On a deeper level, I think that we are all prophets in our own right. My husband and I were discussing Eldad and Medad this week, two prophets from the Book of Numbers who stayed back to prophesy among the Israelites while 70 elders went outside the camp to the tabernacle to receive the ability to prophesy from God. Joshua was furious, but Moses took their side. He said that it was a good thing, and that ideally all the Israelites should be able to prophesy. I think we are living in the information age. An age where Rabbis and Priests and Spiritual Leaders are key, but it is also an age where the Bible, knowledge, spiritual connection and yes, indeed, prophecy is readily available to anyone who wishes to seek it out. If we do so in the proper way, with the proper intentions, equipment, and ingredients – foremost among them, a willingness to allow for the divine – both in and out of the kitchen.

My decision to start with Hosea, I must admit, is completely arbitrary. It was either Hosea or Daniel. (I think that Daniel will be next, I’ve recently become fascinated by his story as a result of working on one of my client’s books – in my other life I’m a literary agent and one of my clients has written a Young Adult Urban Fantasy novel that partly revolves around the Book of Daniel.) I started reading Hosea because it is the first in order of the 12 minor prophets, and as I read, I came across one of my favorite verses, Hosea 2:21 “And I will betroth thee unto Me for ever; yea, I will betroth thee unto Me in righteousness, and in justice, and in lovingkindness, and in compassion.” This is a verse very often related to weddings and betrothals. It is also a verse that Jewish men recite as they bind the tefillin straps around their hands – wrapping the straps as a way of betrothing themselves to God and his word.

Hosea didn’t prophesy in an easy time, but then, none of the prophets did. His job was to broadcast God’s love of the Israelites at a time when heresy and apostasy was at an all-time high. Hosea marries a promiscuous woman to symbolize the fact that God is still willing to marry the Israelites despite their sinful ways. God is always willing to accept our sinful ways and take us back, to wrap us back up into His arms and create a new covenant with us. When I read the verse: “And in that day will I make a covenant for them with the beasts of the field, and with the fowls of heaven,” I, of course started thinking about food. Chicken and beef wrapped together in a marriage of flavors. And thus, Mortadella Chicken with Maple Cider Dijon Glaze was born.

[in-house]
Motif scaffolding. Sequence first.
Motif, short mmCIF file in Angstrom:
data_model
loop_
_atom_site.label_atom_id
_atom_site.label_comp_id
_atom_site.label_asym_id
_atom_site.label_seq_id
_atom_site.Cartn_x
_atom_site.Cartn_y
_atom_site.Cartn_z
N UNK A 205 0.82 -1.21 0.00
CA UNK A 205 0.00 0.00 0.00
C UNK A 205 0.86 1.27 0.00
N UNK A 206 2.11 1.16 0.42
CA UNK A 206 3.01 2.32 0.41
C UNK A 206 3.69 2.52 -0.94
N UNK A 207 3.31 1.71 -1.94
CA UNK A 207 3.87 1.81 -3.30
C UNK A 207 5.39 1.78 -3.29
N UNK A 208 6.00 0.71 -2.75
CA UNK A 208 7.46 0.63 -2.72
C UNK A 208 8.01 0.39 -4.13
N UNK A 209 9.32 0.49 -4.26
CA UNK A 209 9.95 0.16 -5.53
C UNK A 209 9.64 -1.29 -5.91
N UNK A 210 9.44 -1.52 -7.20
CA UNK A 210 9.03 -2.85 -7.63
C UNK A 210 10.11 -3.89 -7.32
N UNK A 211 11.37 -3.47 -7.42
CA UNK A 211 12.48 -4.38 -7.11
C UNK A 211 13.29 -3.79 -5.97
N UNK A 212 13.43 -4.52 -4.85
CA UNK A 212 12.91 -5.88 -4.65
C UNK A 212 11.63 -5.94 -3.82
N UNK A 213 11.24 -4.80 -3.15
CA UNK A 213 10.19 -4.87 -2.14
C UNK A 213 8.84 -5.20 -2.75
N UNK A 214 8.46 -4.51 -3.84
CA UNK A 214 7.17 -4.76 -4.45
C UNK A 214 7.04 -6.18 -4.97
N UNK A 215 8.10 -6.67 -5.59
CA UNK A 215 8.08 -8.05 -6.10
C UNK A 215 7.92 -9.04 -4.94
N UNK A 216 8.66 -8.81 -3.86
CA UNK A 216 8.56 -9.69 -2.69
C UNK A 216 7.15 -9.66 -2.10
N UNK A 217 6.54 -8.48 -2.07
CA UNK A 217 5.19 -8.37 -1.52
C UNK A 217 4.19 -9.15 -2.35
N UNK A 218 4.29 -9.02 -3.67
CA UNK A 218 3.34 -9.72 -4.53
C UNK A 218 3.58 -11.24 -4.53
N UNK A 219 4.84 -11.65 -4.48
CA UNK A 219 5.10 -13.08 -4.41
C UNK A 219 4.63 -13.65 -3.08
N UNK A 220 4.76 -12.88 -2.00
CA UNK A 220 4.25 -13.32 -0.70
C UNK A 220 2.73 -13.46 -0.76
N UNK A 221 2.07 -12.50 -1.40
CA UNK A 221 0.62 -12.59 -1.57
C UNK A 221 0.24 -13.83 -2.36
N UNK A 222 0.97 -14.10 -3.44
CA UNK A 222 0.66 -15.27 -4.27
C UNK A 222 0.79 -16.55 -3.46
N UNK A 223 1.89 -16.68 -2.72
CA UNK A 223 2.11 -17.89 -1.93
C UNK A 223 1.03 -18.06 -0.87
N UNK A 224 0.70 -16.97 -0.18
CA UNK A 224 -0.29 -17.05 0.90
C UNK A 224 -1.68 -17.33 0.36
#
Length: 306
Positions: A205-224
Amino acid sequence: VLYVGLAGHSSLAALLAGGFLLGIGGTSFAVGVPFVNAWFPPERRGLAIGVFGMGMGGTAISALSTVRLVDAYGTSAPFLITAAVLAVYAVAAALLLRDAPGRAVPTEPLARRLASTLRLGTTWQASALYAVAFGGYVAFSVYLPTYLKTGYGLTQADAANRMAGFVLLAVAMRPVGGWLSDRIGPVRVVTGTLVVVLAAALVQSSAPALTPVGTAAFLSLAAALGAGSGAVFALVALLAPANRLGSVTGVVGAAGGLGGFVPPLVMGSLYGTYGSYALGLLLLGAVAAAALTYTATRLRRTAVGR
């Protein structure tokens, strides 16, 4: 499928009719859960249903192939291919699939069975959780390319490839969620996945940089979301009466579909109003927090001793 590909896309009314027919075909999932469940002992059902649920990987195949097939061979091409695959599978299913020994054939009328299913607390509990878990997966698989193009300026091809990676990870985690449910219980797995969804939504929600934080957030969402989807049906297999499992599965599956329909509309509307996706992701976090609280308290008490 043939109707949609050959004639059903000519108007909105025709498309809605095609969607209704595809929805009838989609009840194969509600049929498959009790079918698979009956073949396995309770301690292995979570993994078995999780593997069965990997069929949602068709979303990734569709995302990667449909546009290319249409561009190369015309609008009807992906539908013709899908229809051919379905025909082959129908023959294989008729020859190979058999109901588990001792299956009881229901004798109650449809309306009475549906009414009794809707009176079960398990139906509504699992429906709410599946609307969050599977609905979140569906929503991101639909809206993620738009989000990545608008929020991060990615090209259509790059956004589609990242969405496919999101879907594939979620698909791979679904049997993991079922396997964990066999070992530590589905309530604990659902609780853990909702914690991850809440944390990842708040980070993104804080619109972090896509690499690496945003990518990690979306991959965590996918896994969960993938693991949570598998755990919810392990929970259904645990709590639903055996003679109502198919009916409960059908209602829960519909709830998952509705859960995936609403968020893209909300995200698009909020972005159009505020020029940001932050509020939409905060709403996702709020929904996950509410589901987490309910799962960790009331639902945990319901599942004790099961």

Hosea 2:20-2:22
“And in that day will I make a covenant for them with the beasts of the field, and with the fowls of heaven, and with the creeping things of the ground; and I will break the bow and the sword and the battle out of the land, and will make them to lie down safely.”

“And I will betroth thee unto Me for ever; yea, I will betroth thee unto Me in righteousness, and in justice, and in lovingkindness, and in compassion.”

“And I will betroth thee unto Me in faithfulness; and thou shalt know the Lord.”

Mortadella Chicken with Maple Cider Dijon Glaze

Chicken 24

250 grams of thin sliced Mortadella Salami (Proscuitto or any other thinly sliced deli meat will work too)
1 kg chicken breasts, pounded thin

Stuffing:
1 small onion, minced
3 cloves garlic, crushed
2 ribs of celery, minced
1/2 tsp thyme
Salt, to taste
Pepper, to taste
1/2 cup chopped fresh parsley
1 cup panko breadcrumbs
1 tsp Dijon mustard
2 Tbsp. maple syrup

Maple Cider Dijon Glaze
1 Tbsp. olive oil
1/4 cup maple syrup
1 Tbsp. Dijon mustard
1/3 cup alcoholic apple cider (I use Buster’s Isra-Ale Sweet Cider 4.8%!)
1/3 cup chicken stock (I use 1 tsp. chicken soup powder dissolved in 1/3 cup water)

Sauté onion and garlic in a cast-iron skillet (or any frying pan will do) for 2-3 minutes,
add celery and sauté for 3 minutes more. Add thyme, salt and pepper, cook for 1 minute. Then
add fresh parsley, cook for 1 more minute. Add panko breadcrumbs, stir, then add Dijon mustard
and maple syrup, mix well on a low flame until well combined. Turn off flame and let filling cool.

When ready to assemble: grease a baking dish with non-stick spray.

Place one chicken breast before you and spread it with thinly sliced Mortadella salami. Place one heaping
tablespoon of filling in the center of the salami, turn up the ends a bit to prevent the filling from escaping
out the sides, roll up and place seam-side down greased in baking dish. There is no need to secure these rolls
with toothpicks if you pack them in next to each other.

Chicken Picture Combo

When finished, sprinkle the top of chicken lightly with remaining stuffing. Then, in the same pan as you made the stuffing,
cook olive oil, maple syrup, Dijon mustard, apple cider and chicken stock until mixture thickens. Pour over chicken.

Chicken Picture Combo 2

Place chicken in an oven heated to 175 degrees celcius (or 350 degrees F) and bake for 30-45 minutes.

Chicken 26